The federal government has announced $40 billion will be spent to compensate First Nations children who have been harmed by the Child and Family Services (CFS) system.
But some who have suffered at the hands of that system say no amount of money can compensate for the harms that CFS has inflicted on families and communities for decades.
On Tuesday, the federal Liberals said they have reached an agreement-in-principle with First Nations partners to compensate First Nations children who were harmed by the underfunding of Canada’s on-reserve child welfare system, and to make reforms to CFS and how it deals with First Nations children and communities.
“No amount of compensation can make up for the traumas that First Nations children, families and communities have experienced,” federal Minister of Indigenous Services Patty Hajdu said during a Tuesday press conference announcing details of the agreement.
“But this will begin the process of healing, and it will support families on that journey of healing, and support individuals that have experienced extraordinary loss and harm.”
According to details of the agreement, the feds will spend $20 billion to compensate First Nations residents harmed by the system, and another $20 billion to reform CFS over a five year period.
Compensation will be made available to First Nations children who lived on-reserve or in the Yukon, and who were removed from their homes between April 1, 1991 and March 31, 2022.
Christine Miskonoodinkwe-Smith, who lives in Toronto but was born in Winnipeg, didn’t spend any of her childhood with her birth family, as when she was just one she was taken from her mother and her home, and would endure horrific abuse for years at the hands of the couple who adopted her.
On Tuesday, Miskonoodinkwe-Smith said that although she is happy to see the settlement reached, she does not believe that money alone will compensate for what many children have gone through and continue to go through.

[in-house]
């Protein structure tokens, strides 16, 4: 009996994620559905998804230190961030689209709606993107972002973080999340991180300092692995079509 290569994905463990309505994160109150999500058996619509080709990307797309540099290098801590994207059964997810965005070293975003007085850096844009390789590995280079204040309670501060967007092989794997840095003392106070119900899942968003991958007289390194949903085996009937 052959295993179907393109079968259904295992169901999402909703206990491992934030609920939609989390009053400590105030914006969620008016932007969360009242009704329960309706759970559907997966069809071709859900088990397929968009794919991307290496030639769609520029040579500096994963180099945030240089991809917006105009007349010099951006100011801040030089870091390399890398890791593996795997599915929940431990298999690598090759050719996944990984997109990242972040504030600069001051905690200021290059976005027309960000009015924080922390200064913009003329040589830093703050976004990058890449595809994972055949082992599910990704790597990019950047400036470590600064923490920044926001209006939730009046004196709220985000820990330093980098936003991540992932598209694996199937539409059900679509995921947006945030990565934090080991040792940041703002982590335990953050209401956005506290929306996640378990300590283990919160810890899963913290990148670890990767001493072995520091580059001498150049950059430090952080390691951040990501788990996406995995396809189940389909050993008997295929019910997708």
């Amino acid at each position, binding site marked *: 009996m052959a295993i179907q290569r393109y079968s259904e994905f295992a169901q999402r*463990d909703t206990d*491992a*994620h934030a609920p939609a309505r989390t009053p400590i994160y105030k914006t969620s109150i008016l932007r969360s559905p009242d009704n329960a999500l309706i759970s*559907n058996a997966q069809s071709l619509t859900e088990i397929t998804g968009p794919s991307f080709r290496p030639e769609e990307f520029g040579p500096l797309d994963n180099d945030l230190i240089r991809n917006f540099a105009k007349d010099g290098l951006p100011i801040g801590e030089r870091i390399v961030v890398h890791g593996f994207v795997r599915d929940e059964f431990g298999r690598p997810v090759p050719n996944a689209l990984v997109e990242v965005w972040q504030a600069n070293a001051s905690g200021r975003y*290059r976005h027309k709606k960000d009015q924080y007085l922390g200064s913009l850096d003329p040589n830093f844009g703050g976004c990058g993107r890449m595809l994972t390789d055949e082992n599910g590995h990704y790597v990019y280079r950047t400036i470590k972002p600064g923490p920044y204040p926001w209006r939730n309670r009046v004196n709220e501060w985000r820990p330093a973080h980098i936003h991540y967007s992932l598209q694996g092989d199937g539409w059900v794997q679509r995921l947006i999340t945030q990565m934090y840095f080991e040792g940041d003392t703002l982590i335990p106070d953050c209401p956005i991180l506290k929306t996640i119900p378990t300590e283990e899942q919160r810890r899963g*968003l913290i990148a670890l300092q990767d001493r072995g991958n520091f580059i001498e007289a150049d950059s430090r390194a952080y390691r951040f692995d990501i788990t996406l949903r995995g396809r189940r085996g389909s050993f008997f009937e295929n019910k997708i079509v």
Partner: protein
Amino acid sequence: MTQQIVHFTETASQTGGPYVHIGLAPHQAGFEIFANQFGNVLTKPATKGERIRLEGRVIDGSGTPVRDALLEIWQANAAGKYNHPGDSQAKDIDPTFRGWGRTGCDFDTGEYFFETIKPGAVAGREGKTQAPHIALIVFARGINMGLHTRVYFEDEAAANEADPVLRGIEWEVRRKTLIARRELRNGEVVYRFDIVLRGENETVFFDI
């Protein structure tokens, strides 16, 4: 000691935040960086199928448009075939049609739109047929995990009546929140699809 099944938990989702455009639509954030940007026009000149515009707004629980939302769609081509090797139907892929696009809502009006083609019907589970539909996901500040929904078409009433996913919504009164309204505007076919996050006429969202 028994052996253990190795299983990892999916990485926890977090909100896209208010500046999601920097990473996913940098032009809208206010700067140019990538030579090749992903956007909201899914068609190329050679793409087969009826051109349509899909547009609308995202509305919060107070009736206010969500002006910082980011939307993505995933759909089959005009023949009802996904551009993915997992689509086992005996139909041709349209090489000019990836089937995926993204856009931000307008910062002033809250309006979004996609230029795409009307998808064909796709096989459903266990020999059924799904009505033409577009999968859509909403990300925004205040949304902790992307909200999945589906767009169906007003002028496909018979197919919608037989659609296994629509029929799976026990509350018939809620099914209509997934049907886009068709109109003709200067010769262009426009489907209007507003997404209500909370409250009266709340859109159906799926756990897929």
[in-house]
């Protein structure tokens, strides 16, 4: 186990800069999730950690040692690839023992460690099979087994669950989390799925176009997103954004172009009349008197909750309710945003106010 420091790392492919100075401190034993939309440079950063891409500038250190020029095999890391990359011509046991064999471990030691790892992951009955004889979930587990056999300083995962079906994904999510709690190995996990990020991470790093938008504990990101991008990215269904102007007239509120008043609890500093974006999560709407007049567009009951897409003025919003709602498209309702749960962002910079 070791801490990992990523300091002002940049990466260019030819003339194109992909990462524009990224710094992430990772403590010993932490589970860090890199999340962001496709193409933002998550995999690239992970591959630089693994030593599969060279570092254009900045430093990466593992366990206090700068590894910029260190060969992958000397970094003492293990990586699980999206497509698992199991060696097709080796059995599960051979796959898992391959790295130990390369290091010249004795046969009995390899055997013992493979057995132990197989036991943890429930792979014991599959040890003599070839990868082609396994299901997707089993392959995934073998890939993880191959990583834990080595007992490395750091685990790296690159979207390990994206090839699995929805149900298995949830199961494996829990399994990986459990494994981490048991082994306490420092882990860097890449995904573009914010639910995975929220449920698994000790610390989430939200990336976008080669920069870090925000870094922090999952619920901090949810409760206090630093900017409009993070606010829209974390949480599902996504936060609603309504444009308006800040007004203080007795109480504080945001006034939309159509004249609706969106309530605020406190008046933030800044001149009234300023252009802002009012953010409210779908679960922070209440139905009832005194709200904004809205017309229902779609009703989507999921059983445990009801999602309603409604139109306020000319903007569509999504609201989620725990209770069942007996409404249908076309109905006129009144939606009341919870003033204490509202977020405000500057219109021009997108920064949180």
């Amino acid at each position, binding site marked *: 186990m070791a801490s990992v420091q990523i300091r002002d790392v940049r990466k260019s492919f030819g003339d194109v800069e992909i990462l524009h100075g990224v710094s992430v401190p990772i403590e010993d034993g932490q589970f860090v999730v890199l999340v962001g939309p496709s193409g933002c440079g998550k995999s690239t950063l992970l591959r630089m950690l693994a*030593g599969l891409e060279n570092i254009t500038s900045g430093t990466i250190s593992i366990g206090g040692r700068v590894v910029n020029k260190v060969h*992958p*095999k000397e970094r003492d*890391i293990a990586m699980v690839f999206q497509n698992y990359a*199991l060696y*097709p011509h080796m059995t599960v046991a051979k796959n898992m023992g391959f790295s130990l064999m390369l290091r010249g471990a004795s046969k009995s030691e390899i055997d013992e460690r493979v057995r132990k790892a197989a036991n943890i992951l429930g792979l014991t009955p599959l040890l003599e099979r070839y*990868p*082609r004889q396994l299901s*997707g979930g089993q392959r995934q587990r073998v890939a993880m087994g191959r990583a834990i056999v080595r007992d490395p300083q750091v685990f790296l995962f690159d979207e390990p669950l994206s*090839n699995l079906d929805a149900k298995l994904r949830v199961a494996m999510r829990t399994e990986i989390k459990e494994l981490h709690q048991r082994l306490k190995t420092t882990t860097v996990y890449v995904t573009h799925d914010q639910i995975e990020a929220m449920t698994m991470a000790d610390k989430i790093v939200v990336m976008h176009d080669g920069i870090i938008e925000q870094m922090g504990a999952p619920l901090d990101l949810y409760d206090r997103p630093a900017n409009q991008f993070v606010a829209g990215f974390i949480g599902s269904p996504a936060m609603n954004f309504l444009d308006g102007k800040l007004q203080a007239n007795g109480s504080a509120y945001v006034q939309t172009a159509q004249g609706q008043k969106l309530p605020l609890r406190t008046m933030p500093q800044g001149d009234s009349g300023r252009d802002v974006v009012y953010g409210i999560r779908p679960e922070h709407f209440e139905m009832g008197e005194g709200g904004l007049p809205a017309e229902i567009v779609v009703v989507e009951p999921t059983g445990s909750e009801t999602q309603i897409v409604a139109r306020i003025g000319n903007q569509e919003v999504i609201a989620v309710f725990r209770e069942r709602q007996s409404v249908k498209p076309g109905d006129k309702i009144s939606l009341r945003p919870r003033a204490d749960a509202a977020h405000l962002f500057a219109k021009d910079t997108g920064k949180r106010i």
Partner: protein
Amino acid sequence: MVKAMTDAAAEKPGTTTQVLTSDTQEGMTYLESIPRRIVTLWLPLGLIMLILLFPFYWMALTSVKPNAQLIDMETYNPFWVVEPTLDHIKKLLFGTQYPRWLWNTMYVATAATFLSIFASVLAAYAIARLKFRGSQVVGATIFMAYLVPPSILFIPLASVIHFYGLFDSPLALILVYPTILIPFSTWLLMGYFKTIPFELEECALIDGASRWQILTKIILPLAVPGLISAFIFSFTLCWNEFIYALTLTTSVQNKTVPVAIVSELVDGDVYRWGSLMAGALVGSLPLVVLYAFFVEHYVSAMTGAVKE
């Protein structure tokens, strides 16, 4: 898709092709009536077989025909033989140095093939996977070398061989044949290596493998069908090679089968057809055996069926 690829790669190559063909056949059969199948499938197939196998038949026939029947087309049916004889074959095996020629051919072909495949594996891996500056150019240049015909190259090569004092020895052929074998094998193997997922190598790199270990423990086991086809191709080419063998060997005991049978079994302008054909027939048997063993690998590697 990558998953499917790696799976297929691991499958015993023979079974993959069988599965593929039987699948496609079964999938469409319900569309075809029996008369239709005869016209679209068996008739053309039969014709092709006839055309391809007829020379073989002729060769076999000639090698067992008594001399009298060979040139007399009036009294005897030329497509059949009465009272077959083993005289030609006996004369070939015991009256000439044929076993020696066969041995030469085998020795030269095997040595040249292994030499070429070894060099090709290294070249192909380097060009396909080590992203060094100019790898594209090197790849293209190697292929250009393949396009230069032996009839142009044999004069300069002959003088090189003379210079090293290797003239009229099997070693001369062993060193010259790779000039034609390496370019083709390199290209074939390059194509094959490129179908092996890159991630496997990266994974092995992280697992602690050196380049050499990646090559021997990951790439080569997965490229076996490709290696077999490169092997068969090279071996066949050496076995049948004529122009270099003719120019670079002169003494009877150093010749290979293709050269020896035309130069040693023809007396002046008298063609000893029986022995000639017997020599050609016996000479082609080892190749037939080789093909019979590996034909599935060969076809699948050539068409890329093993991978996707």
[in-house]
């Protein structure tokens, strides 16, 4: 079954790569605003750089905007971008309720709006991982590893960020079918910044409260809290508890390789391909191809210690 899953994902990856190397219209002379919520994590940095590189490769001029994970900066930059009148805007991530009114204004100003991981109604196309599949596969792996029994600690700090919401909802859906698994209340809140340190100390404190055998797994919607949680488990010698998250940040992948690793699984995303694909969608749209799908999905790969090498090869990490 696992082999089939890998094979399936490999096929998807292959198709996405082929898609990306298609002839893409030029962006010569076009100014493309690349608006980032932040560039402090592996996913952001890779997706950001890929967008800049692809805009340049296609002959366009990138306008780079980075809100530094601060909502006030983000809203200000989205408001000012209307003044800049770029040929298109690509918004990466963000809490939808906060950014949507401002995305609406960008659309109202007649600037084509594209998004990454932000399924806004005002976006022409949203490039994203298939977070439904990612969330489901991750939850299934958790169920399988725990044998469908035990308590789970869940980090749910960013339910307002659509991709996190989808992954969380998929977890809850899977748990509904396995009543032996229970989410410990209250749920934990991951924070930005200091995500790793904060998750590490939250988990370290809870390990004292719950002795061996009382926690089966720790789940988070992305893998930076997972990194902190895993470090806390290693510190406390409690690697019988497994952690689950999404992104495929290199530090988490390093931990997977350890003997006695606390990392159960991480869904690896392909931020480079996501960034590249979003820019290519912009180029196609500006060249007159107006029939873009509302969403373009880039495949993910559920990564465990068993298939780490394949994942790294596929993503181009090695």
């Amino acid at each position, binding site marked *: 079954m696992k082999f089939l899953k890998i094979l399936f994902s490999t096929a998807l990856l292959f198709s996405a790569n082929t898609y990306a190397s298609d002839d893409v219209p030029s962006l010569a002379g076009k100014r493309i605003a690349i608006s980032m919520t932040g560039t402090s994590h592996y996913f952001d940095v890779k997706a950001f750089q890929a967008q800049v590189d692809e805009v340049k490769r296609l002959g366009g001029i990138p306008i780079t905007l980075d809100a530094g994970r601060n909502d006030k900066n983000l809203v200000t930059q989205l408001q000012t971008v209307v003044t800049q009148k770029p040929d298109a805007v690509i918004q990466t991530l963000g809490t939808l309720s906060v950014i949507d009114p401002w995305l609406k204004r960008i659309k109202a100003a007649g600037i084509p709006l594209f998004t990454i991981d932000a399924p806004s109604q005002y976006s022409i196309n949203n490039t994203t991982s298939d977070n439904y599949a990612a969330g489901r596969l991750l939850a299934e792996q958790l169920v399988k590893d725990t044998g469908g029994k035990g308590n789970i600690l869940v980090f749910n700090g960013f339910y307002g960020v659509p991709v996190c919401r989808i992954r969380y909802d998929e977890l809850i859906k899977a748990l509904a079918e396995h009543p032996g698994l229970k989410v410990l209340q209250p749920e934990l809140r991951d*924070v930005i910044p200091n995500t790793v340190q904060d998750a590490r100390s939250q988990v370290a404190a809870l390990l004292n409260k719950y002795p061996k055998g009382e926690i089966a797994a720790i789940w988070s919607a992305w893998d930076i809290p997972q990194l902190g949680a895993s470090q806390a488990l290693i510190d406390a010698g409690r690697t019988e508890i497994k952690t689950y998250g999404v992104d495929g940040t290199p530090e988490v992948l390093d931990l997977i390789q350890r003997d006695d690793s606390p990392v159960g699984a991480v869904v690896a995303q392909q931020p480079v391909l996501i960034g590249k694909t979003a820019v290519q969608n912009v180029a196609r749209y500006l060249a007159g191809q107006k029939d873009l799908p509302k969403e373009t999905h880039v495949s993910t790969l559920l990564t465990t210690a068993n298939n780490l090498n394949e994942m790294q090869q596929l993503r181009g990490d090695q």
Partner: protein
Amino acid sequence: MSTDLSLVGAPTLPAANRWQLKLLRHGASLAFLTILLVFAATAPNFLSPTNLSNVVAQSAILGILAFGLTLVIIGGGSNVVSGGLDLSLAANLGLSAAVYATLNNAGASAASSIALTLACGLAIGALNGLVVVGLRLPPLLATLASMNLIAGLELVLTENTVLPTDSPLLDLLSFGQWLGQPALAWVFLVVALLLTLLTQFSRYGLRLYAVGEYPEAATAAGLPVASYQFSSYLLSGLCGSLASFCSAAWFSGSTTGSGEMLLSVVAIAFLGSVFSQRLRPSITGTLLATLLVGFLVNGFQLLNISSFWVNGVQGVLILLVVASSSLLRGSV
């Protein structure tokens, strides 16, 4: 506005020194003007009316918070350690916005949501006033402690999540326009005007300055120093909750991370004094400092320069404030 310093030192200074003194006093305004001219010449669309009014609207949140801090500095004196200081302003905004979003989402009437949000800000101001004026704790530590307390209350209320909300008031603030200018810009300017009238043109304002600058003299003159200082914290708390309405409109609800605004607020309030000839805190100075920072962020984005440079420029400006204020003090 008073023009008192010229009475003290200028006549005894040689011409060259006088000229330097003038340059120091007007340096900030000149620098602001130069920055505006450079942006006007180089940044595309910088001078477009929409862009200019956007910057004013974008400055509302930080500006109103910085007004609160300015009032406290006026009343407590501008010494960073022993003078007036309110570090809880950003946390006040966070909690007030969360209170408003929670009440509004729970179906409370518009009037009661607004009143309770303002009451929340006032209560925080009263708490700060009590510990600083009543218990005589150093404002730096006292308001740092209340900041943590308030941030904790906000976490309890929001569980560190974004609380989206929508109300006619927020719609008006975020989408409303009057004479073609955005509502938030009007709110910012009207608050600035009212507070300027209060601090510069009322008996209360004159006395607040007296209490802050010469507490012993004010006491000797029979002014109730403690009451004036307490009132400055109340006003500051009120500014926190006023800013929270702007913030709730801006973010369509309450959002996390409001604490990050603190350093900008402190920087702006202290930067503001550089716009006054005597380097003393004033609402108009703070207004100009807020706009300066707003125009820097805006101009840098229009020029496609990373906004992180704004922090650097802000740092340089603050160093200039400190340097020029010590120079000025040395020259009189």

“I think it is good that it is finally happening, but money does not solve everything, and the government needs to do more than just compensate through money when it comes to what happened to so many First Nations children here in Canada,” Miskonoodinkwe-Smith said.
“I think they need to offer more supports for people that have been through the system or are going through the system, because when you don’t have support that is when you feel alone and left behind just like I did for many years.”
According to Miskonoodinkwe-Smith meaningful reform to the system can only happen when more Canadians fully understand how CFS has operated in First Nations communities for decades.
“We can’t just throw money at things and believe they will be fixed,” she said. “I want to see more education about how this system has operated, because if we don’t understand what is wrong and what has been wrong for years than we can’t fix it.”
On Tuesday, Sixties Scoop Legacy of Canada director Katherine Legrange said she does not believe the settlement goes far enough to compensate victims.
“We feel that this settlement falls short of fully atoning for the decades of discrimination and broken families we have endured at the hands of government,” Legrange said in an email.
During Tuesday’s press conference, Assembly of First Nations (AFN) Regional Chief for Manitoba Cindy Woodhouse, who has been leading negotiations that led up to the announcement, spoke about what years of underfunding and “discriminatory practices” within the CFS system has done to harm children and families in First Nations communities.
“Discriminatory funding under the federal First Nations CFS system has led to a massive overrepresentation of First Nations children into the child welfare system in every province and territory in this country,” Woodhouse said.
“Every day for decades First Nations children, some even newborns, have been ripped from their families and many denied medical services and other supports when they needed them, all at the hands of a program that should have protected them.”
AFN estimates that as many as 200,000 children could be compensated through the agreement.
The parties have until March 31 to finalize details of the deal, and it is not yet known when payments will be made, or how much each recipient of compensation will be paid.
— Dave Baxter is a Local Journalism Initiative reporter who works out of the Winnipeg Sun. The Local Journalism Initiative is funded by the Government of Canada.
Dave Baxter, Local Journalism Initiative Reporter, Winnipeg Sun